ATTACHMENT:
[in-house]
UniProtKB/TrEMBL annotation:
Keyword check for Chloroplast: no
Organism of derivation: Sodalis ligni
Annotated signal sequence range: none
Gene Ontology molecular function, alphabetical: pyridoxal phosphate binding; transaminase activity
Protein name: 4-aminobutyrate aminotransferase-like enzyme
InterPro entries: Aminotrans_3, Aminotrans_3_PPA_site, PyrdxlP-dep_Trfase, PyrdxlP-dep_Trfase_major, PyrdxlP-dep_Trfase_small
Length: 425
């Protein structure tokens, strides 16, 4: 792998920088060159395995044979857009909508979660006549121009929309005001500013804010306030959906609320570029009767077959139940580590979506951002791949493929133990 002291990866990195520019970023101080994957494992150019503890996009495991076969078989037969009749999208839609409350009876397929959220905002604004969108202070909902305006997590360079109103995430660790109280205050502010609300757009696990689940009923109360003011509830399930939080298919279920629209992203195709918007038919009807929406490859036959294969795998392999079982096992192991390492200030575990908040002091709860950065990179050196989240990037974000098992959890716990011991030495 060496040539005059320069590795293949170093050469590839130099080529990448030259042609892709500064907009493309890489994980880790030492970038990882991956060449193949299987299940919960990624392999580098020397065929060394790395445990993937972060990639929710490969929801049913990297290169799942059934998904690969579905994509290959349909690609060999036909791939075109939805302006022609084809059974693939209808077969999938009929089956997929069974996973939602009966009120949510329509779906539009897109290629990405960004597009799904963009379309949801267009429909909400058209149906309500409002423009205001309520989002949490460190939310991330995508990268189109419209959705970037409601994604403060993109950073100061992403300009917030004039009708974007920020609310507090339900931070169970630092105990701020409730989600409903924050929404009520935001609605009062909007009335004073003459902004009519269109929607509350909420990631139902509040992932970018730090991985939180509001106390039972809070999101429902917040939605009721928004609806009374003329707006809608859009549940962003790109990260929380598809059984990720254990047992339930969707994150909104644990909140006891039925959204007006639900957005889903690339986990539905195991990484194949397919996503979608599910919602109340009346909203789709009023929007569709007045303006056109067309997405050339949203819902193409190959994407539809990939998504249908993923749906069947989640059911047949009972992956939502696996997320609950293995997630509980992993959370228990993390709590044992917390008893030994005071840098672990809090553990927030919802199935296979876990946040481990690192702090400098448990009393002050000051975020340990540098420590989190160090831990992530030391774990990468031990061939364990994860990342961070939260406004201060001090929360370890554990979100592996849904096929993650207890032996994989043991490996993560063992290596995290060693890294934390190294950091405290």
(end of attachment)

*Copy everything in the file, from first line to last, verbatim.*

[in-house]
UniProtKB/TrEMBL annotation:
Keyword check for Chloroplast: no
Organism of derivation: Sodalis ligni
Annotated signal sequence range: none
Gene Ontology molecular function, alphabetical: pyridoxal phosphate binding; transaminase activity
Protein name: 4-aminobutyrate aminotransferase-like enzyme
InterPro entries: Aminotrans_3, Aminotrans_3_PPA_site, PyrdxlP-dep_Trfase, PyrdxlP-dep_Trfase_major, PyrdxlP-dep_Trfase_small
Length: 425
């Protein structure tokens, strides 16, 4: 792998920088060159395995044979857009909508979660006549121009929309005001500013804010306030959906609320570029009767077959139940580590979506951002791949493929133990 002291990866990195520019970023101080994957494992150019503890996009495991076969078989037969009749999208839609409350009876397929959220905002604004969108202070909902305006997590360079109103995430660790109280205050502010609300757009696990689940009923109360003011509830399930939080298919279920629209992203195709918007038919009807929406490859036959294969795998392999079982096992192991390492200030575990908040002091709860950065990179050196989240990037974000098992959890716990011991030495 060496040539005059320069590795293949170093050469590839130099080529990448030259042609892709500064907009493309890489994980880790030492970038990882991956060449193949299987299940919960990624392999580098020397065929060394790395445990993937972060990639929710490969929801049913990297290169799942059934998904690969579905994509290959349909690609060999036909791939075109939805302006022609084809059974693939209808077969999938009929089956997929069974996973939602009966009120949510329509779906539009897109290629990405960004597009799904963009379309949801267009429909909400058209149906309500409002423009205001309520989002949490460190939310991330995508990268189109419209959705970037409601994604403060993109950073100061992403300009917030004039009708974007920020609310507090339900931070169970630092105990701020409730989600409903924050929404009520935001609605009062909007009335004073003459902004009519269109929607509350909420990631139902509040992932970018730090991985939180509001106390039972809070999101429902917040939605009721928004609806009374003329707006809608859009549940962003790109990260929380598809059984990720254990047992339930969707994150909104644990909140006891039925959204007006639900957005889903690339986990539905195991990484194949397919996503979608599910919602109340009346909203789709009023929007569709007045303006056109067309997405050339949203819902193409190959994407539809990939998504249908993923749906069947989640059911047949009972992956939502696996997320609950293995997630509980992993959370228990993390709590044992917390008893030994005071840098672990809090553990927030919802199935296979876990946040481990690192702090400098448990009393002050000051975020340990540098420590989190160090831990992530030391774990990468031990061939364990994860990342961070939260406004201060001090929360370890554990979100592996849904096929993650207890032996994989043991490996993560063992290596995290060693890294934390190294950091405290």